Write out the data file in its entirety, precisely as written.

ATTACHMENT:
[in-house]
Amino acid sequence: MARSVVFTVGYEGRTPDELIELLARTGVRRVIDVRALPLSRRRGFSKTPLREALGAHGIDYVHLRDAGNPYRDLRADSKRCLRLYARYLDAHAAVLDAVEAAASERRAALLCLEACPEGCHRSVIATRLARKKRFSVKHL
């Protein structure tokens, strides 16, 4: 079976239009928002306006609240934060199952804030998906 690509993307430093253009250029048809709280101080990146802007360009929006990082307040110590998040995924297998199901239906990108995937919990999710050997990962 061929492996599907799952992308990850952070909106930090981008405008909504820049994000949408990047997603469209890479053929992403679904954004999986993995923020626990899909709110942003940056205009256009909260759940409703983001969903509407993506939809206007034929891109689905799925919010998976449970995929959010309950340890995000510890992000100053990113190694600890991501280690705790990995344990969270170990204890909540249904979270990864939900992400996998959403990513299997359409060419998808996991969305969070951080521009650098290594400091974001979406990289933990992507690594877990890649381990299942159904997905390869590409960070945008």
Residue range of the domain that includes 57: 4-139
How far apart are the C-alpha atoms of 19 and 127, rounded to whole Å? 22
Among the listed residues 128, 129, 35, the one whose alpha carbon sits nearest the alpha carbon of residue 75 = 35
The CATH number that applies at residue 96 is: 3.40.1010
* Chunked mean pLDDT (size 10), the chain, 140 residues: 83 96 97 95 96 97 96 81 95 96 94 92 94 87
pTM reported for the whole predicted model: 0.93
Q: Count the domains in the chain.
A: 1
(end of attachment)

[in-house]
Amino acid sequence: MARSVVFTVGYEGRTPDELIELLARTGVRRVIDVRALPLSRRRGFSKTPLREALGAHGIDYVHLRDAGNPYRDLRADSKRCLRLYARYLDAHAAVLDAVEAAASERRAALLCLEACPEGCHRSVIATRLARKKRFSVKHL
């Protein structure tokens, strides 16, 4: 079976239009928002306006609240934060199952804030998906 690509993307430093253009250029048809709280101080990146802007360009929006990082307040110590998040995924297998199901239906990108995937919990999710050997990962 061929492996599907799952992308990850952070909106930090981008405008909504820049994000949408990047997603469209890479053929992403679904954004999986993995923020626990899909709110942003940056205009256009909260759940409703983001969903509407993506939809206007034929891109689905799925919010998976449970995929959010309950340890995000510890992000100053990113190694600890991501280690705790990995344990969270170990204890909540249904979270990864939900992400996998959403990513299997359409060419998808996991969305969070951080521009650098290594400091974001979406990289933990992507690594877990890649381990299942159904997905390869590409960070945008």
Residue range of the domain that includes 57: 4-139
How far apart are the C-alpha atoms of 19 and 127, rounded to whole Å? 22
Among the listed residues 128, 129, 35, the one whose alpha carbon sits nearest the alpha carbon of residue 75 = 35
The CATH number that applies at residue 96 is: 3.40.1010
* Chunked mean pLDDT (size 10), the chain, 140 residues: 83 96 97 95 96 97 96 81 95 96 94 92 94 87
pTM reported for the whole predicted model: 0.93
Q: Count the domains in the chain.
A: 1